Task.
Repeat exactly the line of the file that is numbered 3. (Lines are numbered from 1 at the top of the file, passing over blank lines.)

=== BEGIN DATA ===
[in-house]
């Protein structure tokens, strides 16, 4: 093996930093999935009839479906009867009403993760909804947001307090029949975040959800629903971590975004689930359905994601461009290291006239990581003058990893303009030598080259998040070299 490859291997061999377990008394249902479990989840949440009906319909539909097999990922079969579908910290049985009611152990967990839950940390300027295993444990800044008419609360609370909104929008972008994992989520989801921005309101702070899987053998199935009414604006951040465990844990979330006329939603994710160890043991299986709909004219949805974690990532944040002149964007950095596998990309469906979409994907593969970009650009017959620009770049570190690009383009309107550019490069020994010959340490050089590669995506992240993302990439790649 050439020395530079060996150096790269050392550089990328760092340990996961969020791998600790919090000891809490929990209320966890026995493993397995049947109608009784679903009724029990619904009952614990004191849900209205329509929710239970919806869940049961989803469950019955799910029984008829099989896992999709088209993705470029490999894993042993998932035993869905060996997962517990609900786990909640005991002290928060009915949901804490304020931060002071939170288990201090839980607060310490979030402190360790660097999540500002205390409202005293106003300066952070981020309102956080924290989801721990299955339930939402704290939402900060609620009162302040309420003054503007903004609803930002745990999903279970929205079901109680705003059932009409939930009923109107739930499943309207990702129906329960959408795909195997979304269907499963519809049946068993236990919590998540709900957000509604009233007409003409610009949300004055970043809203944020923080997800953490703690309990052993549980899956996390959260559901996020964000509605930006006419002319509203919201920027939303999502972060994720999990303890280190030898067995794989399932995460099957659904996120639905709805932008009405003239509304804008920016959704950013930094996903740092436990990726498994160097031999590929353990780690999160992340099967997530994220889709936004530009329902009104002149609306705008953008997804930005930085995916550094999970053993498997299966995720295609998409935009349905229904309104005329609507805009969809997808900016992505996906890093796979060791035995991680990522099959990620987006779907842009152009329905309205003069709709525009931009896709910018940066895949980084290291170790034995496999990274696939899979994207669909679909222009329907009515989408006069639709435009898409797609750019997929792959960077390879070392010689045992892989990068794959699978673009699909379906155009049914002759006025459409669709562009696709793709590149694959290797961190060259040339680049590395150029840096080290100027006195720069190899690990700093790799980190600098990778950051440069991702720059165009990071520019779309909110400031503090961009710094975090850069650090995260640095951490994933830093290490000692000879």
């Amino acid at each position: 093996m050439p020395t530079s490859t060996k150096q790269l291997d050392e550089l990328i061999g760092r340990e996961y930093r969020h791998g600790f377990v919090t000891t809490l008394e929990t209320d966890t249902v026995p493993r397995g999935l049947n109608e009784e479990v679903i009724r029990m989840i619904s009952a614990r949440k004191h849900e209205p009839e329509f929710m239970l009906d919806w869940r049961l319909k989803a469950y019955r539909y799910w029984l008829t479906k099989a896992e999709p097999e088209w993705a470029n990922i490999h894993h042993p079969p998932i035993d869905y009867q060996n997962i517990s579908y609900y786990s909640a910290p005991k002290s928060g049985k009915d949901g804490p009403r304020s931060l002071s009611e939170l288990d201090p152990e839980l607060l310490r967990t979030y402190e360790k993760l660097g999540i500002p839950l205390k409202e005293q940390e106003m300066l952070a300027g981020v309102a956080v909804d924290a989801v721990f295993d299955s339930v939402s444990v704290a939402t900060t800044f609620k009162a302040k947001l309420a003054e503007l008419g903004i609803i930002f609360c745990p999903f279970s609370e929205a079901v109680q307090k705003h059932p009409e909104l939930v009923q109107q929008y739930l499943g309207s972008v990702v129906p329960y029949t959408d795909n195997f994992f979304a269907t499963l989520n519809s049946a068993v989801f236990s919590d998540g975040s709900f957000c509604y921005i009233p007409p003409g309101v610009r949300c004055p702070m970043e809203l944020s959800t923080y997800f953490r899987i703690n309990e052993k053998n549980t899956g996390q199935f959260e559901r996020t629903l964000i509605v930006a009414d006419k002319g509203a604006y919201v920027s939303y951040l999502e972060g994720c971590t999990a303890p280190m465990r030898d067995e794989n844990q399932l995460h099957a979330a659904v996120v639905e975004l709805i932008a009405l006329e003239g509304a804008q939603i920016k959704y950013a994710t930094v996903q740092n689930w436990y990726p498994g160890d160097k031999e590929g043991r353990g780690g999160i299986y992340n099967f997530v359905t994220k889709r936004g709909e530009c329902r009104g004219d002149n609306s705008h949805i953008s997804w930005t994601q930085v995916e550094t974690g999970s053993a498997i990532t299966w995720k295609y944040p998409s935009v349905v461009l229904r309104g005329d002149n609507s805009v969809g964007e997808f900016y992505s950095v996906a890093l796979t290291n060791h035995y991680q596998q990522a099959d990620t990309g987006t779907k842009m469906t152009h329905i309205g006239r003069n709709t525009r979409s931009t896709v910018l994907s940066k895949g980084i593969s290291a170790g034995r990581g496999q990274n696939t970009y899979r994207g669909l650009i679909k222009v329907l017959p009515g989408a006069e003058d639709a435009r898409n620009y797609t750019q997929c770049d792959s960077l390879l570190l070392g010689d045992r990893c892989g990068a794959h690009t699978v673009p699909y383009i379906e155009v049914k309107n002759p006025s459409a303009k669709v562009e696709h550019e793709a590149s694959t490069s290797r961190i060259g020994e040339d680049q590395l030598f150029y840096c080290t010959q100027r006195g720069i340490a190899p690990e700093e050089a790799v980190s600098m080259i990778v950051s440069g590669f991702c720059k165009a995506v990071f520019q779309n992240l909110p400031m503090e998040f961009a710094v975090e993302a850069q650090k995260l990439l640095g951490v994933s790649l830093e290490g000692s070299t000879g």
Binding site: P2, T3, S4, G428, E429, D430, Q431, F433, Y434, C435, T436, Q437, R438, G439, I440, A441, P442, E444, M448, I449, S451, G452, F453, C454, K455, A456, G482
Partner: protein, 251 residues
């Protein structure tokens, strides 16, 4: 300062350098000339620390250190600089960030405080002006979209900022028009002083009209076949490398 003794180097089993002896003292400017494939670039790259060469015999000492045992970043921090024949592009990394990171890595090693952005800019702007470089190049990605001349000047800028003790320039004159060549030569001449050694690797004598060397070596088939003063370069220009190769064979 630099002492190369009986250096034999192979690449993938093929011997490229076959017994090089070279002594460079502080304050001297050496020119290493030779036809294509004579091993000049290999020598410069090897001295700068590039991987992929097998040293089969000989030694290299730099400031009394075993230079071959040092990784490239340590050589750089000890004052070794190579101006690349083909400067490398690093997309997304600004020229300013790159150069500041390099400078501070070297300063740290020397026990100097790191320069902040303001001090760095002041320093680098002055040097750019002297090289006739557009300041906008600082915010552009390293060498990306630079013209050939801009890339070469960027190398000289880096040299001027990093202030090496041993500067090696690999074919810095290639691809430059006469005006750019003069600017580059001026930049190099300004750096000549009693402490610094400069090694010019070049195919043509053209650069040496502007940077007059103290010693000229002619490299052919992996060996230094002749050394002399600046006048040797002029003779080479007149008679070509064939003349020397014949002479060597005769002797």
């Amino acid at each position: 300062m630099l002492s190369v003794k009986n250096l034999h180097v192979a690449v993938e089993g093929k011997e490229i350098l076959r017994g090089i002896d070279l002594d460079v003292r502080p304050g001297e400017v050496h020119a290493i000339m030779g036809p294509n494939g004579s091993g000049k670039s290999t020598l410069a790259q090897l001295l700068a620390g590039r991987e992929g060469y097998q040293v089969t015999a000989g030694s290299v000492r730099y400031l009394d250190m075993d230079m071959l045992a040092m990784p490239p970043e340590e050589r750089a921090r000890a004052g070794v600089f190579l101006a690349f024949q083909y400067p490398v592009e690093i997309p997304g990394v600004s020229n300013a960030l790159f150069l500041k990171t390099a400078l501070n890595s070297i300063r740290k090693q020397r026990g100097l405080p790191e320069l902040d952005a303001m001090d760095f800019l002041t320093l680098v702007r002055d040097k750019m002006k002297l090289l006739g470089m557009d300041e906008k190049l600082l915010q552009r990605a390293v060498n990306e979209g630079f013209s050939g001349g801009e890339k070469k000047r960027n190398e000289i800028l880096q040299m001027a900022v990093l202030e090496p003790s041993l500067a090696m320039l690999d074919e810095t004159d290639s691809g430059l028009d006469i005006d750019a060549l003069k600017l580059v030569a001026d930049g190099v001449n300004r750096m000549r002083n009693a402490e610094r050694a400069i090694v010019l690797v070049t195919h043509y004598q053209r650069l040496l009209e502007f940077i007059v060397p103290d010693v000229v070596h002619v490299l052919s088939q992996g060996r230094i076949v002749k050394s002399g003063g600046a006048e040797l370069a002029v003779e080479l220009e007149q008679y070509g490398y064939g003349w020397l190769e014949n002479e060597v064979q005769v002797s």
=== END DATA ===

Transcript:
């Amino acid at each position: 093996m050439p020395t530079s490859t060996k150096q790269l291997d050392e550089l990328i061999g760092r340990e996961y930093r969020h791998g600790f377990v919090t000891t809490l008394e929990t209320d966890t249902v026995p493993r397995g999935l049947n109608e009784e479990v679903i009724r029990m989840i619904s009952a614990r949440k004191h849900e209205p009839e329509f929710m239970l009906d919806w869940r049961l319909k989803a469950y019955r539909y799910w029984l008829t479906k099989a896992e999709p097999e088209w993705a470029n990922i490999h894993h042993p079969p998932i035993d869905y009867q060996n997962i517990s579908y609900y786990s909640a910290p005991k002290s928060g049985k009915d949901g804490p009403r304020s931060l002071s009611e939170l288990d201090p152990e839980l607060l310490r967990t979030y402190e360790k993760l660097g999540i500002p839950l205390k409202e005293q940390e106003m300066l952070a300027g981020v309102a956080v909804d924290a989801v721990f295993d299955s339930v939402s444990v704290a939402t900060t800044f609620k009162a302040k947001l309420a003054e503007l008419g903004i609803i930002f609360c745990p999903f279970s609370e929205a079901v109680q307090k705003h059932p009409e909104l939930v009923q109107q929008y739930l499943g309207s972008v990702v129906p329960y029949t959408d795909n195997f994992f979304a269907t499963l989520n519809s049946a068993v989801f236990s919590d998540g975040s709900f957000c509604y921005i009233p007409p003409g309101v610009r949300c004055p702070m970043e809203l944020s959800t923080y997800f953490r899987i703690n309990e052993k053998n549980t899956g996390q199935f959260e559901r996020t629903l964000i509605v930006a009414d006419k002319g509203a604006y919201v920027s939303y951040l999502e972060g994720c971590t999990a303890p280190m465990r030898d067995e794989n844990q399932l995460h099957a979330a659904v996120v639905e975004l709805i932008a009405l006329e003239g509304a804008q939603i920016k959704y950013a994710t930094v996903q740092n689930w436990y990726p498994g160890d160097k031999e590929g043991r353990g780690g999160i299986y992340n099967f997530v359905t994220k889709r936004g709909e530009c329902r009104g004219d002149n609306s705008h949805i953008s997804w930005t994601q930085v995916e550094t974690g999970s053993a498997i990532t299966w995720k295609y944040p998409s935009v349905v461009l229904r309104g005329d002149n609507s805009v969809g964007e997808f900016y992505s950095v996906a890093l796979t290291n060791h035995y991680q596998q990522a099959d990620t990309g987006t779907k842009m469906t152009h329905i309205g006239r003069n709709t525009r979409s931009t896709v910018l994907s940066k895949g980084i593969s290291a170790g034995r990581g496999q990274n696939t970009y899979r994207g669909l650009i679909k222009v329907l017959p009515g989408a006069e003058d639709a435009r898409n620009y797609t750019q997929c770049d792959s960077l390879l570190l070392g010689d045992r990893c892989g990068a794959h690009t699978v673009p699909y383009i379906e155009v049914k309107n002759p006025s459409a303009k669709v562009e696709h550019e793709a590149s694959t490069s290797r961190i060259g020994e040339d680049q590395l030598f150029y840096c080290t010959q100027r006195g720069i340490a190899p690990e700093e050089a790799v980190s600098m080259i990778v950051s440069g590669f991702c720059k165009a995506v990071f520019q779309n992240l909110p400031m503090e998040f961009a710094v975090e993302a850069q650090k995260l990439l640095g951490v994933s790649l830093e290490g000692s070299t000879g």